July 27, 2005 - Marana Unified School District's new Superintendent, Denny Dearden, spoke to the town's business community June 21, relating a personal story that led him to pursue a career in education.

"I'm very humbled and honored to be superintendent. It's an interesting journey that I took," Dearden told a large crowd during a luncheon inside the Lord of Grace Lutheran Church, 7250 N. Cortaro Road.

Forty years ago, Dearden said, there was a boy who came from a poor home where there was no running water and where the boy bathed in the same tub once a week and wore the same dirty, wrinkled clothes to school. With the same somber look on his face, Dearden said the boy never came to school clean like the other students.

One day, after the boy had nearly given up on himself and counted down the days until he could drop out of school, his gym teacher told him, "You can be anything you want to be. Dream big. Shoot for the stars," Dearden said.

Following his teacher's advice, the little boy went home and saw his whole life change.

"That was me 40 years ago," said an emotional Dearden, a vast contrast to the young boy he described in his story. "Today, I still have that passion. You've got to look at every child with hope."

Until last month, Dearden served as assistant superintendent of Fairfax County Public Schools in Fairfax, Va., where he oversaw a cluster of 22 schools and nearly 20,000 students. He spent the bulk of his 30-year career in education in Iowa and Colorado, serving as a teacher, a principal and an assistant superintendent before taking his post in Virginia in 2003.

Dearden has a long history of leading schools to academic excellence and turning negative situations into positive ones. He and his wife, Deanna Hernandez, have two adopted sons, ages 16 and 20, and are considering adopting another child.

Jim Doty, interim principal of Marana High School, sat next to Dearden during the luncheon held by the Marana Chamber of Commerce and shared his thoughts after the event.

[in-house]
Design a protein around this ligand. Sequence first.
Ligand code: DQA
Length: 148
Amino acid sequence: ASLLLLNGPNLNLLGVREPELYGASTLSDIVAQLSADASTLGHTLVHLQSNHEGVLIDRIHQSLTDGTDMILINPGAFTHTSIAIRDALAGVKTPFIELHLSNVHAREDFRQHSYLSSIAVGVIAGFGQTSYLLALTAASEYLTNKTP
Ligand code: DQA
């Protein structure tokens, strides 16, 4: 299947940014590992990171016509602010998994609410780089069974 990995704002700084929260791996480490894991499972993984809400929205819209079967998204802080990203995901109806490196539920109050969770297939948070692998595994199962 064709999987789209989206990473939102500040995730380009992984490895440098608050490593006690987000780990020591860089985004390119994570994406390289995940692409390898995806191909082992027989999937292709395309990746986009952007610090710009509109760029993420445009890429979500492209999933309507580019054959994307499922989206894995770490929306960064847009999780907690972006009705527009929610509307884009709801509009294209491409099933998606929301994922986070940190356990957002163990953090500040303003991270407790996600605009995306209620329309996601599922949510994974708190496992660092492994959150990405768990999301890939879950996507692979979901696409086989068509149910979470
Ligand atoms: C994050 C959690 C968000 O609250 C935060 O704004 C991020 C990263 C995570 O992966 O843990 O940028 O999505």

"I think he's going to do very well for the district. He really cares about kids," he said. "I like the direction we're going and I really can't ask for anything more."

Dearden said it was only by chance that he happened upon a job opening in Marana while surfing the Internet one night. He wasn't actually looking for a job, he said, but something about Marana caught his attention.

"I said, 'I like that name - Marana's kind of a cool name,'" he joked.

After he flew out to Marana to interview for the position earlier this year, the district offered Dearden the job. But it was Dearden's wife who needed convincing if the family was going to move 2,500 miles.

When asked by his wife what his initial thoughts about Marana were, "I don't know, I didn't see it," Dearden said he told her, commenting on how busy the district kept him during his visit. The couple later flew out for a weekend to see if Marana was a fit for them.

As the couple drove past the Circle K at the Marana exit on Interstate 10, Dearden said he attempted to show his wife what Marana had to offer. Instead, they ended up in the middle of the desert.

"I'll never to this day be able to forget the look my wife gave me. I said, 'I swear I know there's more to this.' But I couldn't find it," he said.

Dearden said he hopes to spend this year making parents "even prouder of the Marana school system" than they already are.

"It needs some attention right now," he said, adding that the district must prepare students for the jobs of tomorrow instead of training them to meet the minimum standards of AIMS. "We could talk forever about the great tradition Marana has built, but if we're not careful, it could be left behind."

Dearden said the district is in the process of doing some "streamlining" and taking pressures off teachers, though there won't be a lot of reorganization "because I think it's solid right now."

Coming from Fairfax, where his office overlooked a cemetery, Dearden commented on the welcomed change of scenery in Marana.

"I was really pleasantly surprised that when I look out the Foster building, I see schools now," he said. "I'm here because I want to be."

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